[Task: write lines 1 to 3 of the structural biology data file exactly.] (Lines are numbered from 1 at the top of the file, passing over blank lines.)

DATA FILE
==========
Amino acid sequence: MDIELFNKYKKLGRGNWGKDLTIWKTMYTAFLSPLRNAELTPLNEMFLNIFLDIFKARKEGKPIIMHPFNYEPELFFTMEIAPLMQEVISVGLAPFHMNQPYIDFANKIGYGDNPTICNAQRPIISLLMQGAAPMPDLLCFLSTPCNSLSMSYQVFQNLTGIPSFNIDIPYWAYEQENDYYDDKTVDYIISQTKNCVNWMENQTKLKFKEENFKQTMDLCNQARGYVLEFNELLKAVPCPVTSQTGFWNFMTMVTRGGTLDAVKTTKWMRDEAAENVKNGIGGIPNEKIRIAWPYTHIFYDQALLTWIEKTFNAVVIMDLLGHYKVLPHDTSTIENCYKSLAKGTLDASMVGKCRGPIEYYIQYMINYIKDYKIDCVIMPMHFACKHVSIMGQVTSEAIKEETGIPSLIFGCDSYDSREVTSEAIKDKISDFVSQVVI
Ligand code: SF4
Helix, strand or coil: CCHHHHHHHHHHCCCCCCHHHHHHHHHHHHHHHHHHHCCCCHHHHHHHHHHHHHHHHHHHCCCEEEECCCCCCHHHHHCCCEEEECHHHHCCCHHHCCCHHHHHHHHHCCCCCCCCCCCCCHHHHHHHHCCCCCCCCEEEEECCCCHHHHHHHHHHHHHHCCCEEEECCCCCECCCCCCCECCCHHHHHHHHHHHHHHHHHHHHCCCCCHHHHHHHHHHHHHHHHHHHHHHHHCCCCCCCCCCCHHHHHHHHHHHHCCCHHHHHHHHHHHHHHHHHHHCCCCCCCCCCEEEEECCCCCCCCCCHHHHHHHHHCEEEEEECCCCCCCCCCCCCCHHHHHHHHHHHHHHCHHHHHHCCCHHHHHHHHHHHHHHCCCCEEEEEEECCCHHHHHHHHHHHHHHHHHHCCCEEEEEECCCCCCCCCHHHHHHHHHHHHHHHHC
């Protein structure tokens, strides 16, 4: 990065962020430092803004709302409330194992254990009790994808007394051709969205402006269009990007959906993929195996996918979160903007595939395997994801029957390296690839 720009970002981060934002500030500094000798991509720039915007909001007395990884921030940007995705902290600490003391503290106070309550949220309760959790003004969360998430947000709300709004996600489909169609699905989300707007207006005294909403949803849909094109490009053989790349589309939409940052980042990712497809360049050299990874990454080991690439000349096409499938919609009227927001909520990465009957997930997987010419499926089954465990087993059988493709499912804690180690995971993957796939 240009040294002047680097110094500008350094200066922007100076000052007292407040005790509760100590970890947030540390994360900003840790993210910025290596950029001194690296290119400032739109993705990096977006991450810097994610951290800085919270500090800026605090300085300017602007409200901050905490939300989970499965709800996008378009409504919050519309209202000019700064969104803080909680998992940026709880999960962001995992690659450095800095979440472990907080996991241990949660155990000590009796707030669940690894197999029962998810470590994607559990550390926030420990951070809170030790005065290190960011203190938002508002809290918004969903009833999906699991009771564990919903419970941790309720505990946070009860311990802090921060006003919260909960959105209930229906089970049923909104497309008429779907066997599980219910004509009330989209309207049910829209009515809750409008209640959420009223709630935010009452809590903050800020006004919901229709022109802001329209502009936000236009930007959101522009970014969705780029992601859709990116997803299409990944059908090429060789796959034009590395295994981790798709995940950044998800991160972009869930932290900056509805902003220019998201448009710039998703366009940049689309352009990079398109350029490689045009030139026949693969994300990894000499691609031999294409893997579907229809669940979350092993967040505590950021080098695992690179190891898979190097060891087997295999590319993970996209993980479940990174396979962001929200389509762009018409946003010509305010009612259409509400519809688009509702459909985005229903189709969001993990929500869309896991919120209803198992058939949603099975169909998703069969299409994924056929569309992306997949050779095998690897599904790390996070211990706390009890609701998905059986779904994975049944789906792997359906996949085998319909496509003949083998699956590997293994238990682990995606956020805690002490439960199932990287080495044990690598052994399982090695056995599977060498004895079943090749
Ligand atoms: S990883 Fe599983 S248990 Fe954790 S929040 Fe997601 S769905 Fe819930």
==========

Amino acid sequence: MDIELFNKYKKLGRGNWGKDLTIWKTMYTAFLSPLRNAELTPLNEMFLNIFLDIFKARKEGKPIIMHPFNYEPELFFTMEIAPLMQEVISVGLAPFHMNQPYIDFANKIGYGDNPTICNAQRPIISLLMQGAAPMPDLLCFLSTPCNSLSMSYQVFQNLTGIPSFNIDIPYWAYEQENDYYDDKTVDYIISQTKNCVNWMENQTKLKFKEENFKQTMDLCNQARGYVLEFNELLKAVPCPVTSQTGFWNFMTMVTRGGTLDAVKTTKWMRDEAAENVKNGIGGIPNEKIRIAWPYTHIFYDQALLTWIEKTFNAVVIMDLLGHYKVLPHDTSTIENCYKSLAKGTLDASMVGKCRGPIEYYIQYMINYIKDYKIDCVIMPMHFACKHVSIMGQVTSEAIKEETGIPSLIFGCDSYDSREVTSEAIKDKISDFVSQVVI
Ligand code: SF4
Helix, strand or coil: CCHHHHHHHHHHCCCCCCHHHHHHHHHHHHHHHHHHHCCCCHHHHHHHHHHHHHHHHHHHCCCEEEECCCCCCHHHHHCCCEEEECHHHHCCCHHHCCCHHHHHHHHHCCCCCCCCCCCCCHHHHHHHHCCCCCCCCEEEEECCCCHHHHHHHHHHHHHHCCCEEEECCCCCECCCCCCCECCCHHHHHHHHHHHHHHHHHHHHCCCCCHHHHHHHHHHHHHHHHHHHHHHHHCCCCCCCCCCCHHHHHHHHHHHHCCCHHHHHHHHHHHHHHHHHHHCCCCCCCCCCEEEEECCCCCCCCCCHHHHHHHHHCEEEEEECCCCCCCCCCCCCCHHHHHHHHHHHHHHCHHHHHHCCCHHHHHHHHHHHHHHCCCCEEEEEEECCCHHHHHHHHHHHHHHHHHHCCCEEEEEECCCCCCCCCHHHHHHHHHHHHHHHHC